Cape residents urge council to crack down on irresponsible dog

Wednesday, September 3, 2003

The Cape Girardeau City Council will look at ways to strengthen its animal control laws but won't ban pit bulls.

The council delivered that message at Tuesday night's council meeting after listening to the concerns of area residents.

Mayor Jay Knudtson advised police chief Steve Strong to work with animal experts in the area to see if new regulations are needed to combat irresponsible pet owners.

A half-dozen dog lovers and area residents urged the city council Tuesday night to crack down on irresponsible dog owners whose aggressive dogs threaten people and other dogs. They said banning dog breeds isn't the answer.

Anita Nocera said pit bull attacks and the dogs running loose are a growing problem in her south-side neighborhood. She also said banning breeds isn't the answer.

But Nocera said the city needs stronger laws to punish irresponsible dog owners. "In the wrong hands, they are dangerous," she said of pit bulls and other dogs.

Nocera said the city needs to impose hefty fines on those who let their dogs run loose or don't adequately restrain them.

Linda Bollinger said her Red Star neighborhood has been plagued with pit bulls running loose and that police haven't always filed reports when residents have complained.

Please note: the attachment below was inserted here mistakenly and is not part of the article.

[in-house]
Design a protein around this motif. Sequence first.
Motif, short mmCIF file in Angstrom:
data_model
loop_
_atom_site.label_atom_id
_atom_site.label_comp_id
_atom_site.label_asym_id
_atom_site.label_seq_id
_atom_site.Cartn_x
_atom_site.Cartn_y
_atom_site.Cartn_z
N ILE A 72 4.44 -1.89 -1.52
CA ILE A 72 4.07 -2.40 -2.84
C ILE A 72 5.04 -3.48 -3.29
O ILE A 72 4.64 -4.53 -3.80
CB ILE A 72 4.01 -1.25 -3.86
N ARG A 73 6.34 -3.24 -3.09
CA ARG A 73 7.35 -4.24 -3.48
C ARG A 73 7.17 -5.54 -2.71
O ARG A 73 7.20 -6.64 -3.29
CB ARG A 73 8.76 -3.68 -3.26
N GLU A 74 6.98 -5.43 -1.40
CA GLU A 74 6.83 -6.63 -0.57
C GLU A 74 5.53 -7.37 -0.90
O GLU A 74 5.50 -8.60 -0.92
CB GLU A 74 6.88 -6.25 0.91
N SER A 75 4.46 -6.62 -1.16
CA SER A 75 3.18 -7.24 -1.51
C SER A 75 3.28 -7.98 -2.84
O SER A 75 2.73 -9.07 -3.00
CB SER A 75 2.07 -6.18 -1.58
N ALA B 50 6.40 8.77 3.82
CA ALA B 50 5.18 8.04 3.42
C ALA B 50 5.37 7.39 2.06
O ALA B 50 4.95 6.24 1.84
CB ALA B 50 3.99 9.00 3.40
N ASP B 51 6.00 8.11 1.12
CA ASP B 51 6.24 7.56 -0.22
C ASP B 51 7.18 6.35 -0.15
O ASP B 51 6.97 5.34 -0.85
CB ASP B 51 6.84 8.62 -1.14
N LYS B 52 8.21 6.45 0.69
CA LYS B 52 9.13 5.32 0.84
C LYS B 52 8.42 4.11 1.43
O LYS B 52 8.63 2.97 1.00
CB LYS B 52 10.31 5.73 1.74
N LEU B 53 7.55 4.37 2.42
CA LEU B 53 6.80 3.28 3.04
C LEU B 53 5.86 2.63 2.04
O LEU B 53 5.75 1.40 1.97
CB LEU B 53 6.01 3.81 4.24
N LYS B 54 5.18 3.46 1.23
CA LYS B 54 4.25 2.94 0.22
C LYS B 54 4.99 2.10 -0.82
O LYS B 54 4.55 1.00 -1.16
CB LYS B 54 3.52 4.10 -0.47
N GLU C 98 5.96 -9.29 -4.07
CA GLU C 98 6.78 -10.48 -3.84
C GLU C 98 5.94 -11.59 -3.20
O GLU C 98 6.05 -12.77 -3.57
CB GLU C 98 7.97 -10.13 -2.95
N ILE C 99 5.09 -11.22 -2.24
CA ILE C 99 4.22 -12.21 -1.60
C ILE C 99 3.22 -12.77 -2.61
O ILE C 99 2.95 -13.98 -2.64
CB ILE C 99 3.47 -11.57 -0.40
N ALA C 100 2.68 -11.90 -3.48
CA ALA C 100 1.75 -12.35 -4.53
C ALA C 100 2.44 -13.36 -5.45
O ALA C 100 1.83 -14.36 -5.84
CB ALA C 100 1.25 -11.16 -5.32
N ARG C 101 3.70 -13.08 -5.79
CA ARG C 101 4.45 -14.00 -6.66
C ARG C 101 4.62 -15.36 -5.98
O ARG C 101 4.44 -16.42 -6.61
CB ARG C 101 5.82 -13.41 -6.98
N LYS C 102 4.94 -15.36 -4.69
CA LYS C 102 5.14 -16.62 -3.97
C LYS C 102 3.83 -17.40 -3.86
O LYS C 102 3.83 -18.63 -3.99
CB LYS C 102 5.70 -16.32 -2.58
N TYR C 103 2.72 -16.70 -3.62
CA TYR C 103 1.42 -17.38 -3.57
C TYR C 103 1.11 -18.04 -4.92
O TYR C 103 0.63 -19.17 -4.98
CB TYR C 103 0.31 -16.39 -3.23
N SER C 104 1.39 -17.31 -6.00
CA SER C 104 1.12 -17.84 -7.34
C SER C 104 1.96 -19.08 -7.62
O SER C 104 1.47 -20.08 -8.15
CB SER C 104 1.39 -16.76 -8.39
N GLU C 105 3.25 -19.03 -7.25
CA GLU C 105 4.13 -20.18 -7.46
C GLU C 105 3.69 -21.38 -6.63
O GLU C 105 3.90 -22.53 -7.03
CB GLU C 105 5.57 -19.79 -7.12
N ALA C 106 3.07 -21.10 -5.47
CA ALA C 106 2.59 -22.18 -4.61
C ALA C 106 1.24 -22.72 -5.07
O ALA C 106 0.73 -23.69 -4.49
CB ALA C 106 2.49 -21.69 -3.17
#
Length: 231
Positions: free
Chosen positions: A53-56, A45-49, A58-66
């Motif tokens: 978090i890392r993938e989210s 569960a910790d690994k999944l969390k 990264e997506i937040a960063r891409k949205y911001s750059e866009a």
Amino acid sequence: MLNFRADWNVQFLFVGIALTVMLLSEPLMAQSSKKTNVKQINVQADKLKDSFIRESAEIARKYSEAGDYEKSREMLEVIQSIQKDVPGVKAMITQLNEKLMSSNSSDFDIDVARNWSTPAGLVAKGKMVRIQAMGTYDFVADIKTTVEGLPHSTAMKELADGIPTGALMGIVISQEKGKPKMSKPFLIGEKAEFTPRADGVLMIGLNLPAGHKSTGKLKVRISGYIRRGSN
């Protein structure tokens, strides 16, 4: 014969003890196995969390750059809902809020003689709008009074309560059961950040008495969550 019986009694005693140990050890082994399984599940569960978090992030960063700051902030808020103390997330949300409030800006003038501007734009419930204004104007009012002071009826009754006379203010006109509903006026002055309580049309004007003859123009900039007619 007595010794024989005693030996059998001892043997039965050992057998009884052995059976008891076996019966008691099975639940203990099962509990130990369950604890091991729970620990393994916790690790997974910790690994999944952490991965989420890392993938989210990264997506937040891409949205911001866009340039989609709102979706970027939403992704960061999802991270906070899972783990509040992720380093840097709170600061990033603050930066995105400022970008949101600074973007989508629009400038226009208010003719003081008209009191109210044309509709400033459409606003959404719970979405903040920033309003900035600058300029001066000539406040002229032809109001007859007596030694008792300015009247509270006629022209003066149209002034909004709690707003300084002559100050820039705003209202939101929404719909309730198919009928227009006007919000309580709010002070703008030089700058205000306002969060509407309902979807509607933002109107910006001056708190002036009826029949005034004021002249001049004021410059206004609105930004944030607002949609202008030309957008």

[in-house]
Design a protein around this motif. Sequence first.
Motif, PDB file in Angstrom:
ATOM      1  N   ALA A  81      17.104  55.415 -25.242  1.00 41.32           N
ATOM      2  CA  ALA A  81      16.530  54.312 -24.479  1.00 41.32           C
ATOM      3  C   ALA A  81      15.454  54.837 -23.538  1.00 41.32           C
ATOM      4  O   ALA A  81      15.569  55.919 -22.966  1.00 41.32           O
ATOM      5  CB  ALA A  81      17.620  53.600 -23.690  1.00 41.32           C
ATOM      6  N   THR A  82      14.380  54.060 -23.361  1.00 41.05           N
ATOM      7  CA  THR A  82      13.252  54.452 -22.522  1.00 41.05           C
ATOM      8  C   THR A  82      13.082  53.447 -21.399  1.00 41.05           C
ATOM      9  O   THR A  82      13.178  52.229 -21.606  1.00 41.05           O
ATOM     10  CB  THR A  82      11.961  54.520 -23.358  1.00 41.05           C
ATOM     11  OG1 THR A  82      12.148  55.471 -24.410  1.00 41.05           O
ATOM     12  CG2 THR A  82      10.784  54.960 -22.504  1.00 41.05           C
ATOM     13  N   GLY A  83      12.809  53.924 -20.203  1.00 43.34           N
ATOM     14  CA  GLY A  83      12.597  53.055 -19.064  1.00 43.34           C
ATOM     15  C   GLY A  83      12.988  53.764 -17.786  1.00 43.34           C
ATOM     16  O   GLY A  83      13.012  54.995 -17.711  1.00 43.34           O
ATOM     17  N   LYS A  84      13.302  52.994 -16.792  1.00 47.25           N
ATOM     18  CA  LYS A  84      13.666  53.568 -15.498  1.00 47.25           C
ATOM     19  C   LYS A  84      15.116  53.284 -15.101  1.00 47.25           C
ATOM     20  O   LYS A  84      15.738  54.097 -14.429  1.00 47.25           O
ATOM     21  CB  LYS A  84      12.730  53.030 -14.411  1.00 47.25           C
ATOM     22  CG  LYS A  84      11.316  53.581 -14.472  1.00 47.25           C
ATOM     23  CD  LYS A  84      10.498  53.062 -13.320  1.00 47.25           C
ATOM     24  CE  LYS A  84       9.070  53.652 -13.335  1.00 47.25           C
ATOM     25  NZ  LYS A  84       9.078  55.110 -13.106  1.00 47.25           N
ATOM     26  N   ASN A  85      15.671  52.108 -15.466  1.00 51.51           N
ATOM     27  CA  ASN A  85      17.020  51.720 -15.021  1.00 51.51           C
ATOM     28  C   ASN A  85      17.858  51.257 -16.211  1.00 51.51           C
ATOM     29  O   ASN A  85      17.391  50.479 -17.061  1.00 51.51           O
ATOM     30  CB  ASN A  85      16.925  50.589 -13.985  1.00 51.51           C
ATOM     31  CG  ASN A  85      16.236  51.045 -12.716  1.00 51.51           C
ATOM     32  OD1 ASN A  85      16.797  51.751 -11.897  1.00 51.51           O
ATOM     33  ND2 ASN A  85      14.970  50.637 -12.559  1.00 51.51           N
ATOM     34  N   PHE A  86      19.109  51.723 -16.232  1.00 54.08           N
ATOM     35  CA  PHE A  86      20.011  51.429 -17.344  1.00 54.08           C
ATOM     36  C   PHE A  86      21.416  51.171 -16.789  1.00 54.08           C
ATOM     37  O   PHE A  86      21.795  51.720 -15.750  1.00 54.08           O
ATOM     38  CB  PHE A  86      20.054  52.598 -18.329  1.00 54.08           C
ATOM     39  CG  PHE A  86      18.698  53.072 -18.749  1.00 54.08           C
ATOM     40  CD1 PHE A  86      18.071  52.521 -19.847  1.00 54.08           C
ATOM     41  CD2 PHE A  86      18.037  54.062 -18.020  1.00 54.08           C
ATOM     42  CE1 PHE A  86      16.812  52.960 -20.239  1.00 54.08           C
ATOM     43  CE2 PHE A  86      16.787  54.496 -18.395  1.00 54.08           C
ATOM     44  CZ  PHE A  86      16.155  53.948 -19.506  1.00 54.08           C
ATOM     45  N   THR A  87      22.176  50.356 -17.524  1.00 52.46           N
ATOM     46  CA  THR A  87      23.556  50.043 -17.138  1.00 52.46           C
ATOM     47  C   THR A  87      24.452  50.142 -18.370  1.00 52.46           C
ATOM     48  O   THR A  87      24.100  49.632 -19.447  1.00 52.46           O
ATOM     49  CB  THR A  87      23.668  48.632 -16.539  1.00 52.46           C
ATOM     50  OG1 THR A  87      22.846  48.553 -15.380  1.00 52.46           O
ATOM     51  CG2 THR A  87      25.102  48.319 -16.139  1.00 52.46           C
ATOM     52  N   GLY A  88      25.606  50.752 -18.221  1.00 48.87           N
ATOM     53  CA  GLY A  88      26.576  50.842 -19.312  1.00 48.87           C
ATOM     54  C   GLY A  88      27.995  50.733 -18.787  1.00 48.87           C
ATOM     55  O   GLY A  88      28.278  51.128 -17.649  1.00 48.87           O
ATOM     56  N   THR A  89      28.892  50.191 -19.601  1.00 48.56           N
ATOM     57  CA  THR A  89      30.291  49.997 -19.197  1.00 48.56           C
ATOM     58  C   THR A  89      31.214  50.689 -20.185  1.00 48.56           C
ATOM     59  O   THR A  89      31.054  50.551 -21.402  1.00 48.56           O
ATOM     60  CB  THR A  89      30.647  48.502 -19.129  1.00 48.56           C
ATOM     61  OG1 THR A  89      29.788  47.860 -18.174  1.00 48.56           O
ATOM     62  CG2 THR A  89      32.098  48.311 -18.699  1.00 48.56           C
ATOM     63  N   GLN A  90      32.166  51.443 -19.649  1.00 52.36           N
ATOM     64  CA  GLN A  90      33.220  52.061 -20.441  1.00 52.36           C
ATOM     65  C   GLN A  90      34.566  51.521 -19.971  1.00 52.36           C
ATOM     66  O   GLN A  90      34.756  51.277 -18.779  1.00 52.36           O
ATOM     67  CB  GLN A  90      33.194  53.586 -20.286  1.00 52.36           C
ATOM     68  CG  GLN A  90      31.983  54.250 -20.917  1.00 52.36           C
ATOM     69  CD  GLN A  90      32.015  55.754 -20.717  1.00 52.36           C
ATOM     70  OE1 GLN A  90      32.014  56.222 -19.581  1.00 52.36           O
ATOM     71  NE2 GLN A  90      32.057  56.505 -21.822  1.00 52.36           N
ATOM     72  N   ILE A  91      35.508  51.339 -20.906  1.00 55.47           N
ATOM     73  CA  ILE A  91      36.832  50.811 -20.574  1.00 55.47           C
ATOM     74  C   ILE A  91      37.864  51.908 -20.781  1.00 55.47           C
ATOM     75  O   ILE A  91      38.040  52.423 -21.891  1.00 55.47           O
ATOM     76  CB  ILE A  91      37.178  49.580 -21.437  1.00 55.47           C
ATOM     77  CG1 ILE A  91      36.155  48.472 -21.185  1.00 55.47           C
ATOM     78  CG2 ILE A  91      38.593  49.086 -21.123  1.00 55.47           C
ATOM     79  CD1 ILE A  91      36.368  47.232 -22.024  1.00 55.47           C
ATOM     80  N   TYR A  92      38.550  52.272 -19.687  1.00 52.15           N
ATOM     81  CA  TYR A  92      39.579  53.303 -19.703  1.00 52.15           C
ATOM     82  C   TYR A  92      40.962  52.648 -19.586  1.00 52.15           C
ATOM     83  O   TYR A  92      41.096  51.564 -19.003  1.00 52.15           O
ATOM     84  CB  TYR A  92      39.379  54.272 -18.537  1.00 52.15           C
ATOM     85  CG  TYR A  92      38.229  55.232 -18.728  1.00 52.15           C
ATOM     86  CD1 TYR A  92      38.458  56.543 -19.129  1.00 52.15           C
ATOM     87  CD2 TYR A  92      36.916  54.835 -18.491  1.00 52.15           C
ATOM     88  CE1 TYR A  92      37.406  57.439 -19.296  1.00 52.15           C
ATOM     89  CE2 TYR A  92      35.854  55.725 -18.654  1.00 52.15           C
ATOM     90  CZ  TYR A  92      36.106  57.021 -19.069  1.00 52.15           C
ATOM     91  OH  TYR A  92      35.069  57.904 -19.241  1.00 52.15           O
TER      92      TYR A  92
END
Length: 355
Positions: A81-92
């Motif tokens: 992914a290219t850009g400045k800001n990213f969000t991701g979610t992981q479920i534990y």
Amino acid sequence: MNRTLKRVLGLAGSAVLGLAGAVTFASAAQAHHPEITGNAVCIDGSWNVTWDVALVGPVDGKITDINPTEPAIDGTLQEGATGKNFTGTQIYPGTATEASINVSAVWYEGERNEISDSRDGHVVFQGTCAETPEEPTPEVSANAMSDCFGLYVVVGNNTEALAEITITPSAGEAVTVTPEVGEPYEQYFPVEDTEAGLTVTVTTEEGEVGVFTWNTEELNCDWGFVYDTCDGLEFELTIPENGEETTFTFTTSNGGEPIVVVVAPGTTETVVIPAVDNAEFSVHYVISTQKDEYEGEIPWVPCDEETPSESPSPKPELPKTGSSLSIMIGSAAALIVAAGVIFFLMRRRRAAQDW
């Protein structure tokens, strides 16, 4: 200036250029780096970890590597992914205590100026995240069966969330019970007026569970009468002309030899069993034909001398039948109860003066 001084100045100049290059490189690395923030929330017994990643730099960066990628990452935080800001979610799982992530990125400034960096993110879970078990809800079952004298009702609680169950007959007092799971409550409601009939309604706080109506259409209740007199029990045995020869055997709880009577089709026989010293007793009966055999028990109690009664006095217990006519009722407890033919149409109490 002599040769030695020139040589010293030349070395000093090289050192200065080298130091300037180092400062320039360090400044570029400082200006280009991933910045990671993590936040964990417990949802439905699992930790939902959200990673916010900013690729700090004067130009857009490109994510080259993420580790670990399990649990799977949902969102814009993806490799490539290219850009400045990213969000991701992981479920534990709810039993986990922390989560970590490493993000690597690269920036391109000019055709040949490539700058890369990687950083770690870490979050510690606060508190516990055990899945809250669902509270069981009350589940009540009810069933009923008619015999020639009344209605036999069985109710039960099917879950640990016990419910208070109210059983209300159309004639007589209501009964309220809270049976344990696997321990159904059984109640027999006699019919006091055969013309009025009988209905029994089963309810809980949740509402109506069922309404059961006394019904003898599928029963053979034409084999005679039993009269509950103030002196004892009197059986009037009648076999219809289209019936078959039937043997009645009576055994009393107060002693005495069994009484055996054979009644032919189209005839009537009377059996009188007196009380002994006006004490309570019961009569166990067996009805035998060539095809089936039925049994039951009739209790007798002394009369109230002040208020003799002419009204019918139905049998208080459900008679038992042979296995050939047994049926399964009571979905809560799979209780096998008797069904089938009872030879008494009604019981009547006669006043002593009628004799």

Backyard attack

Two pit bulls killed one of her border collies in June and maimed the other, she said.

The deadly attack in her fenced-in back yard involved two pits bulls that had been spotted running loose on several occasions. Bollinger said she doesn't know if the pit bulls jumped over the fence or dug under it.

Bollinger said the pit bulls weren't destroyed and the dogs are now back in the possession of an individual who has them chained up in another part of the city.

Dog obedience instructor Marilyn Olson Neville of Zalma, Mo., urged the council to require pet owners who violate animal control laws to attend classes on how to manage their pets.

Neville said dogs should be kept in secure pens or indoors. They shouldn't be chained outside, she said. That only makes them more aggressive, she told the council.

"If you own a dog, it should be a pet. It should be a companion," she said.

David Roth, president of the Humane Society of Southeast Missouri, said chaining a dog is inhumane.

Roth said the city needs to encourage pet owners to have their dogs spayed and neutered. He said that would help keep the dog population in check and reduce the animals' aggressiveness.

Councilman Charlie Herbst, a former police officer, said it might be hard for the city to step up enforcement of animal control laws without more officers.

335-6611, extension 123

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